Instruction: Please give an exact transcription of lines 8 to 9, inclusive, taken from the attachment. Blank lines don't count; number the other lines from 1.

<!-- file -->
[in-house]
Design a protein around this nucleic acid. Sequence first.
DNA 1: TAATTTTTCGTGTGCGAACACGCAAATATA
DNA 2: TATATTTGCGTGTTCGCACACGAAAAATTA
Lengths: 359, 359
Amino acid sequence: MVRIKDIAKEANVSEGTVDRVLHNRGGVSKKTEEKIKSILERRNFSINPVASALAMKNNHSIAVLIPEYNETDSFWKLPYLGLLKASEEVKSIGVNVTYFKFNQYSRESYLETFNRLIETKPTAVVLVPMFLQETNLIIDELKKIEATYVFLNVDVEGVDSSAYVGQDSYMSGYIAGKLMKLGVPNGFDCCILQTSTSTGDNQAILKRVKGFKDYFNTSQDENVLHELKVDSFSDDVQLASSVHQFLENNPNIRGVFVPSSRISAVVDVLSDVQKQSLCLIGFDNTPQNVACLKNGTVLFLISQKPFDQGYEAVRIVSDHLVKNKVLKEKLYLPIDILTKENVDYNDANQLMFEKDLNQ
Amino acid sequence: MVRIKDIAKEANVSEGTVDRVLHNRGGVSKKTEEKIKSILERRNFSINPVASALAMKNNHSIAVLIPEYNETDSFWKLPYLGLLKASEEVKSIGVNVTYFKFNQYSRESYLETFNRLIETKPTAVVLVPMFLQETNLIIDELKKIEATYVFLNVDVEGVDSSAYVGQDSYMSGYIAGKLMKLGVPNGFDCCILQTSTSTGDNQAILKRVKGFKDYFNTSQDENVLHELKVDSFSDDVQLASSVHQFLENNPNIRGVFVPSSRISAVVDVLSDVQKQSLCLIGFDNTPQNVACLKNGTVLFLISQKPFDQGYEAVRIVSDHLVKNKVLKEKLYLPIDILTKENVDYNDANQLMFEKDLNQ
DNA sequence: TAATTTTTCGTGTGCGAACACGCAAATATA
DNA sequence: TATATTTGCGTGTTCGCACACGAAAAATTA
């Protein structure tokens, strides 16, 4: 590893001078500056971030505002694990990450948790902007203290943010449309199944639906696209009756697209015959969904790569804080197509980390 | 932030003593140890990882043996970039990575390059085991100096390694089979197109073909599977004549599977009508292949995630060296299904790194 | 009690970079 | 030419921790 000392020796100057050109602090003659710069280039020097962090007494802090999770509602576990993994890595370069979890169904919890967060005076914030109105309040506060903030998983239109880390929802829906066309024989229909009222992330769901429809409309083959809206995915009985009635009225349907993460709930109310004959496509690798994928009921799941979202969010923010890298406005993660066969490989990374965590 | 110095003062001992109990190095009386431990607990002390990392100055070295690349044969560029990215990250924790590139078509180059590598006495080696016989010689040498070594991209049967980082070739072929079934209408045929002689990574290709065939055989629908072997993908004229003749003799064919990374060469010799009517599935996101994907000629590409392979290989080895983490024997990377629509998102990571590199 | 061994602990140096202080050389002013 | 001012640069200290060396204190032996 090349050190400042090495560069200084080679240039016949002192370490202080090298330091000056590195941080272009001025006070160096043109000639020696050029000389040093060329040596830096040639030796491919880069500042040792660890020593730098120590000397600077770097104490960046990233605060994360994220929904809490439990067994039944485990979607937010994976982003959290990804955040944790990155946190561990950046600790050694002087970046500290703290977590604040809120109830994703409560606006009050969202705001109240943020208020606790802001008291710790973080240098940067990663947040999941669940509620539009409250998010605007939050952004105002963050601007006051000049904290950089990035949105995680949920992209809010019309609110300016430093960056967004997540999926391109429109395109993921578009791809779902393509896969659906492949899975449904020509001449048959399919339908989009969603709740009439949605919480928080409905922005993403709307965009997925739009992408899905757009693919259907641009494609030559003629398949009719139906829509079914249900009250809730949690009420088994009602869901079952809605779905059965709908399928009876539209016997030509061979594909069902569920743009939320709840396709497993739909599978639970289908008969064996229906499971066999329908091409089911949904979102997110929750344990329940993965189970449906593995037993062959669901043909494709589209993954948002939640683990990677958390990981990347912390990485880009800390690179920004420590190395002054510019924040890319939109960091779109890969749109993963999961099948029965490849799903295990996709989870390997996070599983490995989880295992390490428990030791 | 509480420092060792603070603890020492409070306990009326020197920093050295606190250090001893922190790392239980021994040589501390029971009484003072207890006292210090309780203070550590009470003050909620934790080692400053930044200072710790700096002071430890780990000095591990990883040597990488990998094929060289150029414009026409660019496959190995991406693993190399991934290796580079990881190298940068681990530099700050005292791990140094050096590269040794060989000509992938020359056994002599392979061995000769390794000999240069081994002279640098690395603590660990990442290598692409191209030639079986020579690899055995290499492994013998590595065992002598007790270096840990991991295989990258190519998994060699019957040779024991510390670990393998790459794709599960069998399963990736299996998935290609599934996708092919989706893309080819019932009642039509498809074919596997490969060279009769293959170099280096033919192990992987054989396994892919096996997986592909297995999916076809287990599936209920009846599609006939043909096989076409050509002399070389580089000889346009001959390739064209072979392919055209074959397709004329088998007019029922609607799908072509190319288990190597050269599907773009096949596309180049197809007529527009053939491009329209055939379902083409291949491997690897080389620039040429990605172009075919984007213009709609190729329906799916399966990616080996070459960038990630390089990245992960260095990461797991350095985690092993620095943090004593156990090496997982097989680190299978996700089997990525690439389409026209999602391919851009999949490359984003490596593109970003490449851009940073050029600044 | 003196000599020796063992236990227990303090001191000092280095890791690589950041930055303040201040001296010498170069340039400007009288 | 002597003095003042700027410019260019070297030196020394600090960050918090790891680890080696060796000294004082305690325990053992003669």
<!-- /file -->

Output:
DNA sequence: TAATTTTTCGTGTGCGAACACGCAAATATA
DNA sequence: TATATTTGCGTGTTCGCACACGAAAAATTA